The legs are hollow inside. Shake out the sawdust, and cut wooden block inserts (3/4" softwood is what I used) to fit the hollow ends at the cut. You will need eight inserts cut and (if necessary) sanded to size. Glue them into the hollow ends, making sure that the inserts are as flush as you can make them with the outsides of the legs. (I pressed them against a concrete floor to ensure flushness.) Wipe off excess glue.
Step 3: Attach Segments to Tabletops
The four short leg segments have the MDF with predrilled holes on one side. Attach that side to the underside of one tabletop with the standard two-sided Ikea Lack leg attachment screws, and do this for all four short segments. Make sure that the segments are all screwed in equally hard.
You now have a super-short Lack table! Place it upside down, with the "legs" (i.e., the short segments) sticking up. At the bottom (or top, when upside down) of each vertical segment you will have the wooden block you glued in.
Drill holes all the way through the second tabletop, about 1/2" or 3/4" diagonally away (e.g., towards the center of the tabletop) from the leg attachment holes. Put this tabletop upside down on top of the vertical segments from the first tabletop and align the tabletops carefully. Now, continue one of the holes you just drilled into the wooden block in the segment that is now under it, while keeping the tabletops aligned. Enlarge the top end of the hole to countersink your wood screw. Now run a wood screw through what you just drilled. This will connect the second tabletop (which will eventually form the shelf) to the short segment that is connected to the first.
Realign the tabletops with the first screw in place, and repeat for the other three corners.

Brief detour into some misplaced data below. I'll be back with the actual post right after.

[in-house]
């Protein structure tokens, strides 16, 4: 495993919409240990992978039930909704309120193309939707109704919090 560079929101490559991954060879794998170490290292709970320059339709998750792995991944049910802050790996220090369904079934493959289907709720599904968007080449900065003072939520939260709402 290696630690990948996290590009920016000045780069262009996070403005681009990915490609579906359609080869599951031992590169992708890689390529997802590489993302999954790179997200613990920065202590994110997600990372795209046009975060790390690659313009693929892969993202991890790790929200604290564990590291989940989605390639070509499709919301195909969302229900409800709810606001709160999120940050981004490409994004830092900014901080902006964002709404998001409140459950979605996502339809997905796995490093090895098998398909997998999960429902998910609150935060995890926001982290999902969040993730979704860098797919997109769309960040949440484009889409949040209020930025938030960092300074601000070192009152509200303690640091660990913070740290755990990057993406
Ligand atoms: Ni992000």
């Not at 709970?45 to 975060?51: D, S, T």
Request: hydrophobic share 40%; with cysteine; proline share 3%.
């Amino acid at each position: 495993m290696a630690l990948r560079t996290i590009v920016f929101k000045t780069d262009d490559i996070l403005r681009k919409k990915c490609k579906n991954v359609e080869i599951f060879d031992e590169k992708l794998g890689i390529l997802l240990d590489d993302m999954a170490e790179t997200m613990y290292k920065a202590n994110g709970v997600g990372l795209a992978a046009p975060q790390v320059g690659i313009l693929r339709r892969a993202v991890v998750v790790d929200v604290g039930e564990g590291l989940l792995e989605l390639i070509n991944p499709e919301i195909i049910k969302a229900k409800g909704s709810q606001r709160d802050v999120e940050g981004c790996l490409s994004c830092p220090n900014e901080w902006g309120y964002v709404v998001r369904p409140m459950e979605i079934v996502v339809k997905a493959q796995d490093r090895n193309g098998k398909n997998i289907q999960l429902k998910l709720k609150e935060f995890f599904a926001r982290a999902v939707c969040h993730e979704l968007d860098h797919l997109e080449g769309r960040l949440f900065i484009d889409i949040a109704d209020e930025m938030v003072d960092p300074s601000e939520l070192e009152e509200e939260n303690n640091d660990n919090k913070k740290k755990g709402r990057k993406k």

You now have two tabletops with short segments between them.
Step 4: Complete the Legs
You still have four legs that were shortened by removing the vertical segments from them. They have MDF blocks on one side, with Ikea's predrilled holes, and your wooden inserts on the other. Connect the MDF block side to the tabletop with Ikea's two-sided screws and, optionally, some glue (I put Gorilla glue both on the wood near the screw and on the screw itself in the end--I found that the legs weren't quite strongly enough attached with the two-sided screws).
If you're putting it on a wooden floor, I recommend putting felt pads on the other side of the legs (the one with the wooden inserts).
If you like, you can say you're done now. The resulting table with a shelf has an elegant Ikea-like look. (You can also make it a bit taller by using the uncut legs instead of the cut ones.)
However, because the shelf has no edges, stuff you put on the shelf can slide out. Moreover, any mess on the shelf is visible. For that, there is one more step.
Step 5: Raised Edges
I added raised edges to the by cutting the remaining four Lack legs to fill the space between the vertical supports on three of the four sides of the table.
For the sake of symmetry, on the back side I cut approximately equal-size segments from two different Lack legs to fill the gap, and I glued them in with wood glue. On the left and right sides, I used one full leg each, which didn't quite fill the gap, plus a short segment, arranged symmetrically.
If you used the full-length legs in the previous step, you may only be able to put raised edges on one or two sides.
Step 6: Prevent Rocking
To prevent rocking, I found I needed to give one leg a quarter turn. And then I was done.